Which also raises the question of who / what “contaminated” the clean room?

https://www.theregister.co.uk/2018/03/26/nasa_has_a_fungus_problem/

NASA fungus problem puts theory of ‘Martian mushrooms’ on toast
Fungus found in the lab makes amino acids we think are alien

By Richard Speed 26 Mar 2018 at 04:02

Festering fungus has become a problem way down in the bowels of NASA, and could lead to false identification of extraterrestrial material.

Research (PDF) presented at the 49th Lunar and Planetary Science Conference revealed that, in one clean room at least, NASA has a bit of an issue with earthly fungi.

Scientists at the NASA Astromaterials Acquisition and Curation office, which holds samples from the moon, meteorites, and pretty much anything that has come from space, took a closer look at one of their labs as part of a curation initiative.

What they found wasn’t too pretty. The agency’s meteorite receiving lab, for example, may conform to ISO class 6 cleanliness standards, but swabs taken from the floor, a table, the inside of a laminar flow bench used to process meteorites and a nitrogen filter all produced fungal growths.

And not just any funguses, but some species capable of producing amino acids that are usually considered to be extra-terrestrial when found in meteorites.

The team were able to cultivate healthy fungal colonies from environments that had been isolated for as long as 30 years, with the fungal counts in the samples being far higher than those of bacteria and accounting for between 83 – 97% of a Colony Forming Unit (CFU).

So is that “Earthly Fungus” that got into a Class 6 clean room, or is it something that arrived on the space rocks and found the room nicer than the vacuum of space?

That it makes “odd” amino acids is, er, “odd”….

NASA astrobiologist Daniel Glavin, author of a paper concerning amino acids in meteorites told Science magazine that the findings had caused him to rethink his research, with the acids possibly having a more earthly origin.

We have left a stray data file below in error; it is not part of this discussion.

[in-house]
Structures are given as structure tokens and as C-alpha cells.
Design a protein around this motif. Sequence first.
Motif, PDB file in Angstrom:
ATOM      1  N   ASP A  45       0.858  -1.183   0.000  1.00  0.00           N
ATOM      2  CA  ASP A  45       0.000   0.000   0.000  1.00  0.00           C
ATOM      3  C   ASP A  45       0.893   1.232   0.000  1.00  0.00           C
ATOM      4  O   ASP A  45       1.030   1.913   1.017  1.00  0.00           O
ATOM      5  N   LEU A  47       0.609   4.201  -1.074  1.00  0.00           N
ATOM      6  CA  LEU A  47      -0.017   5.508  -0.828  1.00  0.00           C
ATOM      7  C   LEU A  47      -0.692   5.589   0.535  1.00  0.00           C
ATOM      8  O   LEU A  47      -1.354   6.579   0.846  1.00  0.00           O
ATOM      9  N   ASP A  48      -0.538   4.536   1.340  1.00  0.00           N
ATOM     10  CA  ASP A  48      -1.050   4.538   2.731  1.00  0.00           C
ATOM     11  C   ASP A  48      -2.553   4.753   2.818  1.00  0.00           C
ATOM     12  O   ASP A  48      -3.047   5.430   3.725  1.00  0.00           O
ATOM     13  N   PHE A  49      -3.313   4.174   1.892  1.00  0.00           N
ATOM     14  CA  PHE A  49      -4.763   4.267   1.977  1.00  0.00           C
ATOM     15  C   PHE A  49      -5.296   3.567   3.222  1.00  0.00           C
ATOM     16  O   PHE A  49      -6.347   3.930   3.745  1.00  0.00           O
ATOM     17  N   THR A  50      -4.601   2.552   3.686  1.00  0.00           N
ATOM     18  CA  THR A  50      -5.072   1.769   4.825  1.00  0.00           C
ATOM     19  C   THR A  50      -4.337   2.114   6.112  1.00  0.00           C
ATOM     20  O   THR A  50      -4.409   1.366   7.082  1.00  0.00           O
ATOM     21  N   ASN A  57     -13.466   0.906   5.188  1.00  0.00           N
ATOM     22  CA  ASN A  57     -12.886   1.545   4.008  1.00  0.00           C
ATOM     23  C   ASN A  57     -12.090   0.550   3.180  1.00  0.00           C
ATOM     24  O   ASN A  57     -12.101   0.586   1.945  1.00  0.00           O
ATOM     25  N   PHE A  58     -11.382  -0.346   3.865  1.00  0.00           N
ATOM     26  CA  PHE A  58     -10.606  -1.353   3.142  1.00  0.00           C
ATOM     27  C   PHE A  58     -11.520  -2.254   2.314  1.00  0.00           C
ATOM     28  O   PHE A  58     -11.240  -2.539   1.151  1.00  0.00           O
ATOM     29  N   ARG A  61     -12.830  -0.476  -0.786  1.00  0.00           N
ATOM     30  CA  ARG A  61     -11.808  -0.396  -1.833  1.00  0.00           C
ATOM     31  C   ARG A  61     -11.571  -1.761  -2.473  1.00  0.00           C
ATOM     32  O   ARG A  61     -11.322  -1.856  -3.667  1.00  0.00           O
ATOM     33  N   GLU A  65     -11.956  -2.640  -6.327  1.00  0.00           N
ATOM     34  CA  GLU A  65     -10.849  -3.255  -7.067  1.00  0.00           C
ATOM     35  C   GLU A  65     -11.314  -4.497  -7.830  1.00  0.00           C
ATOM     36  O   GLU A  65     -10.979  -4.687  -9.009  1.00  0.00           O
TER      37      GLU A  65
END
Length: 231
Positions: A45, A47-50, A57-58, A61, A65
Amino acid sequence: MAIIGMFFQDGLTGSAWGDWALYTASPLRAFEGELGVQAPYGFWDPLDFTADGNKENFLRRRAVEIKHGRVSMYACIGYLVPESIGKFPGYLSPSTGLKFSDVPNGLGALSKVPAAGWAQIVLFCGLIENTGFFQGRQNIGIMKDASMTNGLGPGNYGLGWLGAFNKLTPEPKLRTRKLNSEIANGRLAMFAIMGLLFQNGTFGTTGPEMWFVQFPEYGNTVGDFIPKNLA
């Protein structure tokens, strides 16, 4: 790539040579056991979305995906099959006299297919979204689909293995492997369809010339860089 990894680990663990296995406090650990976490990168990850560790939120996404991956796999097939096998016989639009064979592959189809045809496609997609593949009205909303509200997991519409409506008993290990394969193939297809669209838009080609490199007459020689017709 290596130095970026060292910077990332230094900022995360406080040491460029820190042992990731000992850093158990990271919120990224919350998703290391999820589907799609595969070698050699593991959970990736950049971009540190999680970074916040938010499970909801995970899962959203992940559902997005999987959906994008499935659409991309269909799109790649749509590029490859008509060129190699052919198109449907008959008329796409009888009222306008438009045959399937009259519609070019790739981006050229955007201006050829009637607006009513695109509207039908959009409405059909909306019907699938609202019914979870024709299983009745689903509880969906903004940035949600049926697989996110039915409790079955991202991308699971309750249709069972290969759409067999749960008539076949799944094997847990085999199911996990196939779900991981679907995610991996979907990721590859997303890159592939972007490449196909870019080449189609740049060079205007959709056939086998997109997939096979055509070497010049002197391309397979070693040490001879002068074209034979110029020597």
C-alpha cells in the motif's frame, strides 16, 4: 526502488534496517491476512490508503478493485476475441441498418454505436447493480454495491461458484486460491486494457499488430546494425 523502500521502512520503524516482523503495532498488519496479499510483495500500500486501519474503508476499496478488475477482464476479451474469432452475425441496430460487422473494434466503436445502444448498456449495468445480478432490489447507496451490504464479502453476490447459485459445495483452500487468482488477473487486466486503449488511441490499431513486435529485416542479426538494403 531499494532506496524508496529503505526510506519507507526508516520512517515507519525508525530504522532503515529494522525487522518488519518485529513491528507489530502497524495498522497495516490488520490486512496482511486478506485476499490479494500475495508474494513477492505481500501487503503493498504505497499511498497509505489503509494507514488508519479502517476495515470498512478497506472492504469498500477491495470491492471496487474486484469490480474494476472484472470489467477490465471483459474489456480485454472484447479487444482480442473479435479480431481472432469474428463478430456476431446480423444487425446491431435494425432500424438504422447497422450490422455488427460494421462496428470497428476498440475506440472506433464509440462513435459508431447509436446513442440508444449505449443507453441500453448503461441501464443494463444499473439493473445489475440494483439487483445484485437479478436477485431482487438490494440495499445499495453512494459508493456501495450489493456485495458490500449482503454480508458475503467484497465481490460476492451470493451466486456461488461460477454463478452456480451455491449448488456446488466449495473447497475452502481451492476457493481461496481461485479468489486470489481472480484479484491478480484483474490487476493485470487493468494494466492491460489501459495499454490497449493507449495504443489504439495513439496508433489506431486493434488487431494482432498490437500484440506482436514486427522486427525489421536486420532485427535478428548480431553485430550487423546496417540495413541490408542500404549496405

Armed with this new knowledge, and with missions such as OSIRIS-REx bringing bits of the asteroid Bennu back to Earth in 2023, boffins plan to up their microbial game to make sure fungus from Earth does not get confused with mushrooms from Mars. ®

OK, so he’s going to have a rethink… One hopes that includes looking at these particular mushrooms / fungi and seeing if they actually exist anywhere on Earth… If not, they need to get a bit closer look at that rock collection…

BUT, the big question: Are they any good in an omelette or sauteed with onions in butter next to a big steak? Will Martian Cuisine embrace the Mushroom Burger?

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About E.M.Smith

A technical managerial sort interested in things from Stonehenge to computer science. My present "hot buttons' are the mythology of Climate Change and ancient metrology; but things change...
This entry was posted in cooking, Plants - Seeds - Gardening, Science Bits and tagged , , , , . Bookmark the permalink.

35 Responses to Moldy Mars – Mushrooms From Space?

  1. Larry Ledwick says:

    Sounds like the need to conduct some follow up stardust missions with alien life capture as the primary objective.

    https://www.space.com/stardust-mission.html

  2. H.R. says:

    Were the Mars rovers and the transport bay completely sterilized before it was sent to Mars?

    If so, how can NASA be really, really sure given the bio-contaminants they found in their squeaky-clean meteorite receiving room?

    One door opens and another one slams shut on your thumb.

  3. Larry Ledwick says: